For this week’s New Yorker, D.T. Max has written a profile of Twitter co-founder Jack Dorsey.
Jack Dorsey, the tech entrepreneur, takes the No. 1 bus to work, and he likes to catch the 7:06. It carries him nearly from one side of San Francisco to the other-down California Street almost to Market. A ride costs two dollars, but Dorsey has a monthly pass, so the actual price, he told me on a recent commute, is closer to a dollar seventy-five. “If you buy it in bulk, it saves you a little bit of money,” he explained. As we got on, he added, “I love the bus. It’s consistent, and it runs every few minutes. But it’s also express. If I took another bus, it’d be stopping.” The offices of Square, his mobile payment-processing service, just moved. He used to follow his bus ride with a pleasant twenty-minute walk down Mission to the San Francisco Chronicle Building, where Square rented office space; now his commute ends with a short ride on a Muni train to Square’s new headquarters, which have a panoramic view of the city. When we got to the Muni stop, Dorsey, who is thirty-six, pointed it out with the excitement of a six-year-old.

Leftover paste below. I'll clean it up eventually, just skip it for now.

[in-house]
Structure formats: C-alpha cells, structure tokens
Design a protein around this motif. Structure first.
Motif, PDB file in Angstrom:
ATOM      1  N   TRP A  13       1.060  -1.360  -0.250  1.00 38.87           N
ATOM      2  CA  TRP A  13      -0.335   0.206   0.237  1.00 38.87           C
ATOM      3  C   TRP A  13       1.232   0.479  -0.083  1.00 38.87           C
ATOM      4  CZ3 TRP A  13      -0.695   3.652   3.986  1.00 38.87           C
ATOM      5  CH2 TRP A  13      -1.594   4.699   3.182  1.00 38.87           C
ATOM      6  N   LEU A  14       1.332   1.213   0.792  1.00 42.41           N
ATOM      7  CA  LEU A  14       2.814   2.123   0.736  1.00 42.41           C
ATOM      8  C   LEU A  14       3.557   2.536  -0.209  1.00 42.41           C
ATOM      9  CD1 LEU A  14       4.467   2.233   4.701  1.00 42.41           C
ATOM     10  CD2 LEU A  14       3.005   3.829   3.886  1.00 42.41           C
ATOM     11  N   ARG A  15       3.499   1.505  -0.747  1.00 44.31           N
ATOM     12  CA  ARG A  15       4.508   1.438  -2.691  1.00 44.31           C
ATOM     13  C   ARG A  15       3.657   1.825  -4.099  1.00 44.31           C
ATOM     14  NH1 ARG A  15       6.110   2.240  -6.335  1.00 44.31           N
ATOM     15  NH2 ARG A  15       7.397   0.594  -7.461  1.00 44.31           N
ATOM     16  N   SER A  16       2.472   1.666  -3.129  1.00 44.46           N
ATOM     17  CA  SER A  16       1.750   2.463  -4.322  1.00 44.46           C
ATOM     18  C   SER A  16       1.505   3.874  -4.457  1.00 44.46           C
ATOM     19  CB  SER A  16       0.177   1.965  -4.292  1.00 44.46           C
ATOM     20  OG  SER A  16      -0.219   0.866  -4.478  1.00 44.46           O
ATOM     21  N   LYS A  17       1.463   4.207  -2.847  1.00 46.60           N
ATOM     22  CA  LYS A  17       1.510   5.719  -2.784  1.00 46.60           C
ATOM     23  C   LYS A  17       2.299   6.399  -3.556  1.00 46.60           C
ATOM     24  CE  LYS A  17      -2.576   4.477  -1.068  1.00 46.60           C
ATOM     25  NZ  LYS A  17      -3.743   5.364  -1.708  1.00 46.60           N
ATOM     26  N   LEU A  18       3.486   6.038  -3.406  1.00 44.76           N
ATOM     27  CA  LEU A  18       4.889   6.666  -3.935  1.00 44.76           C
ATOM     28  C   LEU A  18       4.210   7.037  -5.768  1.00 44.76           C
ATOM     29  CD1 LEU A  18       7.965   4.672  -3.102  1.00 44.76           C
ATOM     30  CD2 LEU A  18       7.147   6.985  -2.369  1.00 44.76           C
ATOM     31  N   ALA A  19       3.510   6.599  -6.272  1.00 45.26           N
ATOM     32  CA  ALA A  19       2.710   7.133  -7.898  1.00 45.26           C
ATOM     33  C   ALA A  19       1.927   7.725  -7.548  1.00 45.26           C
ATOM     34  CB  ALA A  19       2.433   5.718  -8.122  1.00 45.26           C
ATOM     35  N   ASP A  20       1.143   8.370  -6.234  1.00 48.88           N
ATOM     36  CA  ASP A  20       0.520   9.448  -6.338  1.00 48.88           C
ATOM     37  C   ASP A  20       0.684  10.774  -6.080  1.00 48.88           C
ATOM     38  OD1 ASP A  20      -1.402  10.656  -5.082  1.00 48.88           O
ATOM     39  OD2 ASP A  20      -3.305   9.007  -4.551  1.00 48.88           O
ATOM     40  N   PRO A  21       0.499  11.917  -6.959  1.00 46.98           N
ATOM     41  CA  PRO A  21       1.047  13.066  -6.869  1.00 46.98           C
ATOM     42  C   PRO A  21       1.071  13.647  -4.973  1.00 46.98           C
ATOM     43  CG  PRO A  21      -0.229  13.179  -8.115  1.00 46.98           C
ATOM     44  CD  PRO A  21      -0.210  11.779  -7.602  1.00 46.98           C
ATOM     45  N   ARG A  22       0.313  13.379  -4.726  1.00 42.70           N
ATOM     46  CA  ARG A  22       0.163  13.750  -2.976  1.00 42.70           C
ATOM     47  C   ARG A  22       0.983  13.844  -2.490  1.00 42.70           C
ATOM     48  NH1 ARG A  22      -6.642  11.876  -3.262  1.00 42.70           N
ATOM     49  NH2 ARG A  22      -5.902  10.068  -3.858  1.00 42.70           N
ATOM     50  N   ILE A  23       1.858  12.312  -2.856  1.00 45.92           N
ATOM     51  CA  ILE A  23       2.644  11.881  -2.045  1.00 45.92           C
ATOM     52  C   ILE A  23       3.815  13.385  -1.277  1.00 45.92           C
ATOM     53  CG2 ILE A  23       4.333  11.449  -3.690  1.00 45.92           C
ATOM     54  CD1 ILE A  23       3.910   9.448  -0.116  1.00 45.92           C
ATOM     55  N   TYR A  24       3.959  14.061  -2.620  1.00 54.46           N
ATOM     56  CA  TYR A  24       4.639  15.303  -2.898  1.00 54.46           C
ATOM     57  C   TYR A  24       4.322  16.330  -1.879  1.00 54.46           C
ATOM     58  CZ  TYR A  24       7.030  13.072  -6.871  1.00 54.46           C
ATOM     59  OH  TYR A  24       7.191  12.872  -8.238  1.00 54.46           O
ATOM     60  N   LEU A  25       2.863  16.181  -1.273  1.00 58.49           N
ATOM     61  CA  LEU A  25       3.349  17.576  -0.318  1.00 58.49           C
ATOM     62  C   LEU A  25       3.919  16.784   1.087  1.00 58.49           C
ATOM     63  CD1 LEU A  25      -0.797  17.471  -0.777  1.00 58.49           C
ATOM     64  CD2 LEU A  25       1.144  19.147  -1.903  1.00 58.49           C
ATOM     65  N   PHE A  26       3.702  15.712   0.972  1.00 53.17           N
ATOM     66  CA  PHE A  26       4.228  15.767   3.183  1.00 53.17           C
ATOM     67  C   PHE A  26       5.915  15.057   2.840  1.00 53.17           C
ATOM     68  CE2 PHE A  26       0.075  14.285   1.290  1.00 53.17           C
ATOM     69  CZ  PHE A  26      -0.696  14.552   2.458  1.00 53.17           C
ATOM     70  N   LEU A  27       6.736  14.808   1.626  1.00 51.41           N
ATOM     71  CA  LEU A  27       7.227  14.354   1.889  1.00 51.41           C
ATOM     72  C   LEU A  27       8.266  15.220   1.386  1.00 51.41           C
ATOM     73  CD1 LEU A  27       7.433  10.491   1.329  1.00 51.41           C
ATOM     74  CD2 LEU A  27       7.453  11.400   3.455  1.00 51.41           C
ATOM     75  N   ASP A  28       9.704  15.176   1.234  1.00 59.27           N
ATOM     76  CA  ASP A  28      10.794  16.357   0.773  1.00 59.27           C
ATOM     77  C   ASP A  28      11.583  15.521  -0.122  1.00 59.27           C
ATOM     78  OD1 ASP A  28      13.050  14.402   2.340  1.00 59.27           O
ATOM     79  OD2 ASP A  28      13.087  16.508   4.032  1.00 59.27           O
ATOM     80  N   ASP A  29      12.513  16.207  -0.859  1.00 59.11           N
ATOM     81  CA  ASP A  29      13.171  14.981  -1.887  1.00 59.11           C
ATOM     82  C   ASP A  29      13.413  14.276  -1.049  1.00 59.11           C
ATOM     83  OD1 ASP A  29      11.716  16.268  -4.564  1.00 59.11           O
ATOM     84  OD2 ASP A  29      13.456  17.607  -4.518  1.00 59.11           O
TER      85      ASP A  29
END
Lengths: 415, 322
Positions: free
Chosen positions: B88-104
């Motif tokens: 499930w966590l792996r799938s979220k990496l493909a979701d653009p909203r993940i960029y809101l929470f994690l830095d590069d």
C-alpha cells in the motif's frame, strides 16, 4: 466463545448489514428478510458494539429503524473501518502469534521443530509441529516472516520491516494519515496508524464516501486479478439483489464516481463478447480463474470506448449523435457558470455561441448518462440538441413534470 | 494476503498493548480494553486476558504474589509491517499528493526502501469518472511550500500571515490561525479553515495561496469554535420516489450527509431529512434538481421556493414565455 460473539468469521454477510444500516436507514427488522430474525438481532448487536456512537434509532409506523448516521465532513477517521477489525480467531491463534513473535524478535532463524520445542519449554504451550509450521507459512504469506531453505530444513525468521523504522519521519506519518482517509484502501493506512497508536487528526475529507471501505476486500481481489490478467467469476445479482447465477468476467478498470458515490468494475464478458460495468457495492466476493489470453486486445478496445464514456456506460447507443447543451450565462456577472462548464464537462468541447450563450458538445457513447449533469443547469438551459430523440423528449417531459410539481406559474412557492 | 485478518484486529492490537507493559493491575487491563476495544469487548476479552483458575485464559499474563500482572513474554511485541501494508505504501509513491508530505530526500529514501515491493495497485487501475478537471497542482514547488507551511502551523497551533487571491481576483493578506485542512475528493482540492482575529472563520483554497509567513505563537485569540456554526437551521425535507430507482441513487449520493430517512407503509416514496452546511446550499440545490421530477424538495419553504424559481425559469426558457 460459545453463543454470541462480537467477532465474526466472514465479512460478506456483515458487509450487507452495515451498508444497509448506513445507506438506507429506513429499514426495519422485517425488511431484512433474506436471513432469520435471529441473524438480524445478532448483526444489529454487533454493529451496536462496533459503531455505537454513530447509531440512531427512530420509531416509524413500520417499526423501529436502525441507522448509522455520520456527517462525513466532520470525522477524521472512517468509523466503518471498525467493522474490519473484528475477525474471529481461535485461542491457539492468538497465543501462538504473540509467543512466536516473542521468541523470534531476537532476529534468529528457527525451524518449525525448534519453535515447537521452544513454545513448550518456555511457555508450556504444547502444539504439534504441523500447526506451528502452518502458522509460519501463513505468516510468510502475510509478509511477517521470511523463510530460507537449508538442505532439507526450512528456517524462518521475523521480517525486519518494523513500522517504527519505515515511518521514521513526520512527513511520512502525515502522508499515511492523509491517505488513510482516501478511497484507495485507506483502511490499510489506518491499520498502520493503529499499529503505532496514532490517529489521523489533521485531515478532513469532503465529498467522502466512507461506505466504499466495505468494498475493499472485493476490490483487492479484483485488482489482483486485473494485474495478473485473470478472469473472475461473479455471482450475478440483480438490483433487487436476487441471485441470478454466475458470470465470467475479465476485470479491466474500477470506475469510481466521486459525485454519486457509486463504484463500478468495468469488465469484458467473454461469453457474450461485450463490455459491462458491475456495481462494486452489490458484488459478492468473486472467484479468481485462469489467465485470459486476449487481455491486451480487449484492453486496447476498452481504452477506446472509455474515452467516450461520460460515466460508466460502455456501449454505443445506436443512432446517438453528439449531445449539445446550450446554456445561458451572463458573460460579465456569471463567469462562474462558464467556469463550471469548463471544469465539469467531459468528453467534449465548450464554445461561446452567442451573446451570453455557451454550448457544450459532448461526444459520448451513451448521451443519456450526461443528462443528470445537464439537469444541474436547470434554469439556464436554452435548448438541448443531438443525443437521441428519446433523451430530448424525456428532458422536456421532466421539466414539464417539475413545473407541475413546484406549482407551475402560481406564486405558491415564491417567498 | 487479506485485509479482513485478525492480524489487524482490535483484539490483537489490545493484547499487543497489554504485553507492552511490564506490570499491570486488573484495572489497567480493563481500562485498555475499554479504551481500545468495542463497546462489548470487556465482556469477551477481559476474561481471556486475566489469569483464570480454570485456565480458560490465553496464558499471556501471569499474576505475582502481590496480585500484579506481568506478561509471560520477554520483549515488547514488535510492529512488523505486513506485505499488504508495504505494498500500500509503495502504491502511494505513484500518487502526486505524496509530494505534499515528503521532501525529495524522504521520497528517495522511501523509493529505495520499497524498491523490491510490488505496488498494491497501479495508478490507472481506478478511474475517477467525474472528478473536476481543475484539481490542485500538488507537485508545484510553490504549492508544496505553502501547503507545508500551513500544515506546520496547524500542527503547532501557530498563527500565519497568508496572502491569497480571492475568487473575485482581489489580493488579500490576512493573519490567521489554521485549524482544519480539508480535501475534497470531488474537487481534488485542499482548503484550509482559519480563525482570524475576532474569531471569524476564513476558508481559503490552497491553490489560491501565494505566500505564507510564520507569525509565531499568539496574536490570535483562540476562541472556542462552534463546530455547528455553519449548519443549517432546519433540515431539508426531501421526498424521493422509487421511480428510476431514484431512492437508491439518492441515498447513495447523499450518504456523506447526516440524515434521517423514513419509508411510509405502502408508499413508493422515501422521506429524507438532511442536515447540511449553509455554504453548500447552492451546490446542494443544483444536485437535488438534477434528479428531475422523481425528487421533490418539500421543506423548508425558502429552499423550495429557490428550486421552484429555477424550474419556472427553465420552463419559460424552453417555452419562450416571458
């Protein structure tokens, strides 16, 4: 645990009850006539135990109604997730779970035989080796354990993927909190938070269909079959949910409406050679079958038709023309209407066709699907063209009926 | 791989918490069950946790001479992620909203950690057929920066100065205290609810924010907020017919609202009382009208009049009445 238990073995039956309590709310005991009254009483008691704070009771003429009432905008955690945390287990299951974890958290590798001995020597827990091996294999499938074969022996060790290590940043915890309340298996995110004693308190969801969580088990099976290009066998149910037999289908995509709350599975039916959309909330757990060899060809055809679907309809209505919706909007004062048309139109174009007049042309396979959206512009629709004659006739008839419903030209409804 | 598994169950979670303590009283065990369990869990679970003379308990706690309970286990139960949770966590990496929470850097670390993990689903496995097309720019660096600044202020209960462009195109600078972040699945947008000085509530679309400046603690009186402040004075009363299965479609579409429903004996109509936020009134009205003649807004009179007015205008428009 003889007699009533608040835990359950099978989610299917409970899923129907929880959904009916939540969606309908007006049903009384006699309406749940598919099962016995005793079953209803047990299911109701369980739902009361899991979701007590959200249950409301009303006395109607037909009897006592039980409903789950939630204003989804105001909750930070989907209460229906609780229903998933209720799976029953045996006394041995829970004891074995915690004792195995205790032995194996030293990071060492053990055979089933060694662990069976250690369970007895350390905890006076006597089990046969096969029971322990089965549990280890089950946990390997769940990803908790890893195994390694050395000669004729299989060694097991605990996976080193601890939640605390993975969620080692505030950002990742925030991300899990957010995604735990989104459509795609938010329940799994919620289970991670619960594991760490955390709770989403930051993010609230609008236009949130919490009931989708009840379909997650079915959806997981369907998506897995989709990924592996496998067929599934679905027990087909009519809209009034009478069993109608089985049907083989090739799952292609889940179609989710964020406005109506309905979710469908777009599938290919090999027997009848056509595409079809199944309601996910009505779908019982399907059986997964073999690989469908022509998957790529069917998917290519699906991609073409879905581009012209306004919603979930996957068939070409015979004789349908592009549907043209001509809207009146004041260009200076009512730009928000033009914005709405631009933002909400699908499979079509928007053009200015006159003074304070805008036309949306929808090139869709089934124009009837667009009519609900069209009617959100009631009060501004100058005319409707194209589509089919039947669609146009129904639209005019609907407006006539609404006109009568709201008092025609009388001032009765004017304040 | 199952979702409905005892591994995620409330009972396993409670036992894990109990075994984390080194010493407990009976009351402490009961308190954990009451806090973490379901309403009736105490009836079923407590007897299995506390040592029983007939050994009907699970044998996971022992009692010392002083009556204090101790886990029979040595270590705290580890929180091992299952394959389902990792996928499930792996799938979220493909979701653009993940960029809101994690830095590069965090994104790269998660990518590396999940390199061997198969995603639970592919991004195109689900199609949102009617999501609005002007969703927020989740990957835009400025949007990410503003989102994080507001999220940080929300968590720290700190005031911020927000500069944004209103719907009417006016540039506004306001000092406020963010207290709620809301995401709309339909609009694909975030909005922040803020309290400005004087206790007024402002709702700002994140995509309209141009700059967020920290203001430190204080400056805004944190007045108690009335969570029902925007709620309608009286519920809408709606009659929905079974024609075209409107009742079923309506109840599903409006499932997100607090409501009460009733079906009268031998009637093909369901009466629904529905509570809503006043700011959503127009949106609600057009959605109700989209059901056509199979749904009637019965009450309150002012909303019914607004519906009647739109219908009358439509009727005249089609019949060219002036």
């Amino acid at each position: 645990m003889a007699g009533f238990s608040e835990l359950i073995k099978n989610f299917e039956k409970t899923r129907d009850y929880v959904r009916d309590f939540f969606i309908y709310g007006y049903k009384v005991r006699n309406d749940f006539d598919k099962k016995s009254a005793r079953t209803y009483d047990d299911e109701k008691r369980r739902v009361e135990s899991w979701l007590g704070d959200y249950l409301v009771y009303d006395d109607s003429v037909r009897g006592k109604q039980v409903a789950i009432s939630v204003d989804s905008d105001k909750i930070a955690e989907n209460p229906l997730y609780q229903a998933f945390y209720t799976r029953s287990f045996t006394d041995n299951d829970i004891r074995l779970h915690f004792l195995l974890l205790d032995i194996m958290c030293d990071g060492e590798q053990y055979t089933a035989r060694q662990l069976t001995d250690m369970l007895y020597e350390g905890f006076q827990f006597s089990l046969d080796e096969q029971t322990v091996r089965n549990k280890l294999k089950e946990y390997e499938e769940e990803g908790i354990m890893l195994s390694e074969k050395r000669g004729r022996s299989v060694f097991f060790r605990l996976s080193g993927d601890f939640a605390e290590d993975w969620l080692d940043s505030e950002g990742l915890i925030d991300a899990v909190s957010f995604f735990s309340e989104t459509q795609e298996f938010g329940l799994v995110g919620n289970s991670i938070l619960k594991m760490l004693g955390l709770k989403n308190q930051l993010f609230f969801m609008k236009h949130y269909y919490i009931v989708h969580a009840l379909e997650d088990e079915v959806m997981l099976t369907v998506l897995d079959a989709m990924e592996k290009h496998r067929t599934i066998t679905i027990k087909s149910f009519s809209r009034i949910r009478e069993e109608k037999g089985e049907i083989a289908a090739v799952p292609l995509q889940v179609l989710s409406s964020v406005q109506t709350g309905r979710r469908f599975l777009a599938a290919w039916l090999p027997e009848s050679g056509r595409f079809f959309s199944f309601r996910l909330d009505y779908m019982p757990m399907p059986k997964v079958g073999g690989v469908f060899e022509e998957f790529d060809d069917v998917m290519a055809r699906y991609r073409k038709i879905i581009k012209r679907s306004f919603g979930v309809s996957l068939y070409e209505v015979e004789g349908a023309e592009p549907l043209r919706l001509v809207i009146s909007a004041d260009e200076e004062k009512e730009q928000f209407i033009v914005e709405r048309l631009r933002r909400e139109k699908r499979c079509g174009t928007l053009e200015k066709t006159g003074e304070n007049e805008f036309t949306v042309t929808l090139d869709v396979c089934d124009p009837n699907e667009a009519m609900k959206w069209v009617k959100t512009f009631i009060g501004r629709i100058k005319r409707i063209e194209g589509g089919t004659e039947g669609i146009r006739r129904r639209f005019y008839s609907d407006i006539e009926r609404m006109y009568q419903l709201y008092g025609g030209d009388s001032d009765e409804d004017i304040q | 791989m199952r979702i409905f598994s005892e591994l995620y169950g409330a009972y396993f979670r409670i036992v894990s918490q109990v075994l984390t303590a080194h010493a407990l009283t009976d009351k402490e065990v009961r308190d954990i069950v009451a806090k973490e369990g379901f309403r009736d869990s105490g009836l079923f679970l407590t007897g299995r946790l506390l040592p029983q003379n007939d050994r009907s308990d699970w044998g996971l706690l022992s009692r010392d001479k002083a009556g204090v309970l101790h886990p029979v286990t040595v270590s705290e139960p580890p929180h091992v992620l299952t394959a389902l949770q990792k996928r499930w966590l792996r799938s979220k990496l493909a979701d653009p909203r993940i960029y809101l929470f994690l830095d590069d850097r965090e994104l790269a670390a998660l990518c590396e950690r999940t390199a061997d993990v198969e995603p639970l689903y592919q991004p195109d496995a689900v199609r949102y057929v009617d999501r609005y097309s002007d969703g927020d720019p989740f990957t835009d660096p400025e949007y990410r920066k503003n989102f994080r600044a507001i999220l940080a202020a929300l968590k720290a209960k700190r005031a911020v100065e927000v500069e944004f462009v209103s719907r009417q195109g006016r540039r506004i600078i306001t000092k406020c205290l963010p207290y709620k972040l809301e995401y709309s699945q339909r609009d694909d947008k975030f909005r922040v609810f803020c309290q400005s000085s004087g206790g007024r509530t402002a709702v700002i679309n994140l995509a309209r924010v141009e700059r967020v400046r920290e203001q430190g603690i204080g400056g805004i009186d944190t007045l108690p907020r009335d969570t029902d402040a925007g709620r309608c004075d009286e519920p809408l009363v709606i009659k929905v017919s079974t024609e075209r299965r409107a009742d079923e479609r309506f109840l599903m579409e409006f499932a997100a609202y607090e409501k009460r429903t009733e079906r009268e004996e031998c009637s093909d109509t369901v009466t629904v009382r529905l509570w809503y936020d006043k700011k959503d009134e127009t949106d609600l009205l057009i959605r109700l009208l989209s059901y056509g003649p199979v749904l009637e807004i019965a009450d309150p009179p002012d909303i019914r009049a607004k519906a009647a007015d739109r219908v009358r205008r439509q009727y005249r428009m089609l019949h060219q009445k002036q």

No idea if this was intentional, but Max has managed to write a piece that mirrors Twitter itself: it is both substantial and full of ridiculous things.